I scowled at him, but ran my fingers through the reddish, shoulder length mess. It was down, which was unusual for me. Mama and Julen always had me put it in braids and tie it back so that it would stay neat. Mama always wished that I'd let my hair grow out, but I always said that it was easier to keep it short, citing that her own long hair always got in the way whenever I tried to take her out into the mountains with me. I sighed and dropped my chin to my chest, remembering Mama's wish that I grow my hair out. In a snap, I decided that I would grow it long, just like hers.

"What was that?" Bran asked.

"I'm going to grow my hair out like Mama had it," I said resolutely. "Starting today."

"Fine, but let's get downstairs before Papa has to come get us," he frowned. He was much more worried about Papa than I was. I hardly knew the man, I had no idea what his moods were, but Bran seemed to know.

We went out dutifully, though the closer I got to the bottom of the stairs, the closer I got to the door, the road, the meadow where the big fort of logs and sticks held up the body that used to be my mother, the more I started breaking apart inside. I wished I'd stayed in my room. At least in there I had been starting to dry out. Out here, I was going to cry again, I knew it. I was already crying.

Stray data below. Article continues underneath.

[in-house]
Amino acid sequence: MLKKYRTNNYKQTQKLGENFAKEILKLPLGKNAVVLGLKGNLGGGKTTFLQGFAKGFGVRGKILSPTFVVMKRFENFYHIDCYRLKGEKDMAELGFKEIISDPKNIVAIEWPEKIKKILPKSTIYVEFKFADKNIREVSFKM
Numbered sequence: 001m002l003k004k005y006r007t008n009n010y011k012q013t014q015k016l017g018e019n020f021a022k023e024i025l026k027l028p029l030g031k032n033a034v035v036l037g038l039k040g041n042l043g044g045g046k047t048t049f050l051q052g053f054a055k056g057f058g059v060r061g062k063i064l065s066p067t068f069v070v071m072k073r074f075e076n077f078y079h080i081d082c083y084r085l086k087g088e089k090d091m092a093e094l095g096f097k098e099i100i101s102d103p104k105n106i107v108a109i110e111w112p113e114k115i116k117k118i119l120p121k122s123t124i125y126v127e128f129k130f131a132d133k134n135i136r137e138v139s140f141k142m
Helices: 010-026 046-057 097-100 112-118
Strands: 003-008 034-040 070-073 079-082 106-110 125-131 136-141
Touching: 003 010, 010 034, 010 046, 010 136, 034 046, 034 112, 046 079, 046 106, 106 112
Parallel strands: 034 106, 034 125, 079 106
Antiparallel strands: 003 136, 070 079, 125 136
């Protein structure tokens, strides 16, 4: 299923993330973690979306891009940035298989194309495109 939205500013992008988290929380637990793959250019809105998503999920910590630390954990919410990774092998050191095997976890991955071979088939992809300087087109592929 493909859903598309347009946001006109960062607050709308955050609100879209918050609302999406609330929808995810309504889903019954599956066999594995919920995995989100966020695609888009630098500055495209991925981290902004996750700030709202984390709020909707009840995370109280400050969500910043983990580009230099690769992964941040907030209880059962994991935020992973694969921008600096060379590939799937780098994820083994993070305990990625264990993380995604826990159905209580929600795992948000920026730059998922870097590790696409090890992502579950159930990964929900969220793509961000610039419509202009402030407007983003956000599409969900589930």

Bran led me to a spot in the circle of townsfolk and castle servants next to Julen and her daughter, my best human friend, Oria. He wrapped his arms around my chest and pulled me back against him. I think he needed to hug me as much as I needed the hug, so I reached up and held onto his arms.

Our father was standing off to the side of us, and neither wanted to call attention to us being the last ones to arrive. I looked further around the circle and found that I knew almost all of the faces there, every Tlanthi resident I knew by name. There were only two here I didn't know. It was the woman and the boy from last night. They were dressed in better clothing, and more jewels than anyone at home had seen in years and years. I wondered what they were doing here.

"Bran," I whispered up. "Who's that over there?"

He glanced over, then back down at me. "That's just one of Mama's friends."